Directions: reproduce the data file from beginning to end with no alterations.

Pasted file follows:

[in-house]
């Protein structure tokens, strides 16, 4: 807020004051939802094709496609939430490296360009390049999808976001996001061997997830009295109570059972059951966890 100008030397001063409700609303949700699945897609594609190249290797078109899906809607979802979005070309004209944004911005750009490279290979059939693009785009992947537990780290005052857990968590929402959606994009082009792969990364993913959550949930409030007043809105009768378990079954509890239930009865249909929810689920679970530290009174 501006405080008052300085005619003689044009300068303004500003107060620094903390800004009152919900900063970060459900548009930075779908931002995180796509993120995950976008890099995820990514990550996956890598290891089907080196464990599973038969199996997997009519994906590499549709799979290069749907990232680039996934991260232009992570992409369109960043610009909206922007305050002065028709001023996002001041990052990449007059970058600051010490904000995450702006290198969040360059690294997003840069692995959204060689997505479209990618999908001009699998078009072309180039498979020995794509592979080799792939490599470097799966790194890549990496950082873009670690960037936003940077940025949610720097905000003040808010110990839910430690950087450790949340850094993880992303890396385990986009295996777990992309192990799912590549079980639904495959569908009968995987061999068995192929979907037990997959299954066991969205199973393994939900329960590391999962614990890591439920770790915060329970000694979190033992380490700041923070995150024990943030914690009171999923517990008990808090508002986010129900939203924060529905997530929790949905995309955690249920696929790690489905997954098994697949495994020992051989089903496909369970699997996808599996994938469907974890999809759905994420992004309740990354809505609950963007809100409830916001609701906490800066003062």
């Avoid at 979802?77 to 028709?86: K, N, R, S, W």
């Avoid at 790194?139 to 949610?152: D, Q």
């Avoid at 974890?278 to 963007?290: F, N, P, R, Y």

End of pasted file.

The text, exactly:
[in-house]
């Protein structure tokens, strides 16, 4: 807020004051939802094709496609939430490296360009390049999808976001996001061997997830009295109570059972059951966890 100008030397001063409700609303949700699945897609594609190249290797078109899906809607979802979005070309004209944004911005750009490279290979059939693009785009992947537990780290005052857990968590929402959606994009082009792969990364993913959550949930409030007043809105009768378990079954509890239930009865249909929810689920679970530290009174 501006405080008052300085005619003689044009300068303004500003107060620094903390800004009152919900900063970060459900548009930075779908931002995180796509993120995950976008890099995820990514990550996956890598290891089907080196464990599973038969199996997997009519994906590499549709799979290069749907990232680039996934991260232009992570992409369109960043610009909206922007305050002065028709001023996002001041990052990449007059970058600051010490904000995450702006290198969040360059690294997003840069692995959204060689997505479209990618999908001009699998078009072309180039498979020995794509592979080799792939490599470097799966790194890549990496950082873009670690960037936003940077940025949610720097905000003040808010110990839910430690950087450790949340850094993880992303890396385990986009295996777990992309192990799912590549079980639904495959569908009968995987061999068995192929979907037990997959299954066991969205199973393994939900329960590391999962614990890591439920770790915060329970000694979190033992380490700041923070995150024990943030914690009171999923517990008990808090508002986010129900939203924060529905997530929790949905995309955690249920696929790690489905997954098994697949495994020992051989089903496909369970699997996808599996994938469907974890999809759905994420992004309740990354809505609950963007809100409830916001609701906490800066003062």
């Avoid at 979802?77 to 028709?86: K, N, R, S, W």
């Avoid at 790194?139 to 949610?152: D, Q």
């Avoid at 974890?278 to 963007?290: F, N, P, R, Y």